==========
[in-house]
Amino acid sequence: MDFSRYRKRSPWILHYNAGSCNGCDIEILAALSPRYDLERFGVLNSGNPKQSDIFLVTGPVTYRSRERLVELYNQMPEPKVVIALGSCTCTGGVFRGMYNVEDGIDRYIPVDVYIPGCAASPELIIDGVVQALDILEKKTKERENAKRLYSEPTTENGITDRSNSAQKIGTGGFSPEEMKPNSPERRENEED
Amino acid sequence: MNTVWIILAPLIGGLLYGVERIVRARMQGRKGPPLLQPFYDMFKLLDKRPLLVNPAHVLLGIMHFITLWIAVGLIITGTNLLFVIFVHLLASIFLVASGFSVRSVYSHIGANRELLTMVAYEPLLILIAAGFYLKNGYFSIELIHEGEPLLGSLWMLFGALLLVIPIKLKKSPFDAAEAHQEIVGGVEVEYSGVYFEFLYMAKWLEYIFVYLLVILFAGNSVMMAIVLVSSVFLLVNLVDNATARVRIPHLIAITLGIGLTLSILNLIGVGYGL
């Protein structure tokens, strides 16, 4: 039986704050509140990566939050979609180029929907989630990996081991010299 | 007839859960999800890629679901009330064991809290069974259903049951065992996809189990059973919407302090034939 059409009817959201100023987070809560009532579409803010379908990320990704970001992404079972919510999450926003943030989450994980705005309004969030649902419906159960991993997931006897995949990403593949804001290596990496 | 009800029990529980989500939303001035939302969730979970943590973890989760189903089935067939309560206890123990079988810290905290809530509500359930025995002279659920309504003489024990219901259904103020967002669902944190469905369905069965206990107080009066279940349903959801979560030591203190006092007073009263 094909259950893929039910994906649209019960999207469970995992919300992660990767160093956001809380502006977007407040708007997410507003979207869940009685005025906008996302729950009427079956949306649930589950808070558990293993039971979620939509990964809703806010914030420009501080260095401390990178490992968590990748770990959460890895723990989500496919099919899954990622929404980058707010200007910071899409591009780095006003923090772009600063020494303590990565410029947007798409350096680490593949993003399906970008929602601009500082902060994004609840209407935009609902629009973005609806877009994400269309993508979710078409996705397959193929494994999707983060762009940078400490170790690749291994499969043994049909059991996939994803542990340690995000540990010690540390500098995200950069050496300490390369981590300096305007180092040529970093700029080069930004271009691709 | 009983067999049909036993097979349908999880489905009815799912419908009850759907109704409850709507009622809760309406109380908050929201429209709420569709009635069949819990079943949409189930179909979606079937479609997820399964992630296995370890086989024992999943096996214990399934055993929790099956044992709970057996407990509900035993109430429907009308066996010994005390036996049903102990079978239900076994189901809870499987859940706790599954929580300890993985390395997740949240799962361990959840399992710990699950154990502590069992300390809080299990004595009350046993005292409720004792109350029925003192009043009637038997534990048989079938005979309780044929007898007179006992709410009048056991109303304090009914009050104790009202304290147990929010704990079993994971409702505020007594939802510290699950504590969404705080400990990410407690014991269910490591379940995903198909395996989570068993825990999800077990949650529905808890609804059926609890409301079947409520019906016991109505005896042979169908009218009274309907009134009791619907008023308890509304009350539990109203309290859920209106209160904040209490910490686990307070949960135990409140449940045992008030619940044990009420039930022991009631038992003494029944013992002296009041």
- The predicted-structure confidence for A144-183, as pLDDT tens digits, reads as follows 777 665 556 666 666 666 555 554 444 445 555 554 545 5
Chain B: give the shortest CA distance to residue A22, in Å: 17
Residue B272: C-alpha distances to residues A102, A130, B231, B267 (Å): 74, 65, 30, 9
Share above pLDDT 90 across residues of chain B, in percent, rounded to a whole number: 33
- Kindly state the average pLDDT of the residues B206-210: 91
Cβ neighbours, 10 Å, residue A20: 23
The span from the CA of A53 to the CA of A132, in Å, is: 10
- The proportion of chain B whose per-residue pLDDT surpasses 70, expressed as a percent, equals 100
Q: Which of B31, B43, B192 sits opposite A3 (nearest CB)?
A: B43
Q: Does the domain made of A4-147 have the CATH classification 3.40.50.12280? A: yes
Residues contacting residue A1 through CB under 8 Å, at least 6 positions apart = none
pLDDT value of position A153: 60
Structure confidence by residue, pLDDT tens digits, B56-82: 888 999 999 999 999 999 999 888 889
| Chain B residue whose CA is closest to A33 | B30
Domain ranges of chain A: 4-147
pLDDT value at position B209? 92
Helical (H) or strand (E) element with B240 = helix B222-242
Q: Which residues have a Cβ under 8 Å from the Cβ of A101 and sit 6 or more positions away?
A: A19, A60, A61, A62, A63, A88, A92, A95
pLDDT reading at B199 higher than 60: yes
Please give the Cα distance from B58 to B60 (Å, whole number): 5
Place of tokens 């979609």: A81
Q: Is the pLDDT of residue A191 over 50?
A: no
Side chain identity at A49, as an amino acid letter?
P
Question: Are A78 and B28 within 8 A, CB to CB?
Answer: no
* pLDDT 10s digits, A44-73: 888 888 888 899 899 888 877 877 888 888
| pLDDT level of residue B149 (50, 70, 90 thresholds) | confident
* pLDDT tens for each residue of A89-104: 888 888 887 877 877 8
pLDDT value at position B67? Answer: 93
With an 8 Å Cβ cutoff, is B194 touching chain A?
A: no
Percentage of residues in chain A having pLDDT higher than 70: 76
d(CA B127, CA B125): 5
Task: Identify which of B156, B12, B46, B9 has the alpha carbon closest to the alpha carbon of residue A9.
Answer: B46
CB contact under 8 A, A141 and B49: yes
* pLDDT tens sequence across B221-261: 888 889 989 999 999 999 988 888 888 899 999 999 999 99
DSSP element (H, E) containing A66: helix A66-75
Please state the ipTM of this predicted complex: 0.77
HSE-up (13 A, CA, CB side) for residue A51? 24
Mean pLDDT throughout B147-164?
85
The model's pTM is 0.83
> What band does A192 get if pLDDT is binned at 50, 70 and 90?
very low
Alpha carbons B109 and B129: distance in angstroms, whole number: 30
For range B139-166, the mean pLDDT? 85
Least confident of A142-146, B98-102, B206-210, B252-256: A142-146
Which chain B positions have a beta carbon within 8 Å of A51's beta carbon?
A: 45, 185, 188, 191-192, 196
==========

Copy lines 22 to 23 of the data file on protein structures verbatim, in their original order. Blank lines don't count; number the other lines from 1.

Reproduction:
Helical (H) or strand (E) element with B240 = helix B222-242
Q: Which residues have a Cβ under 8 Å from the Cβ of A101 and sit 6 or more positions away?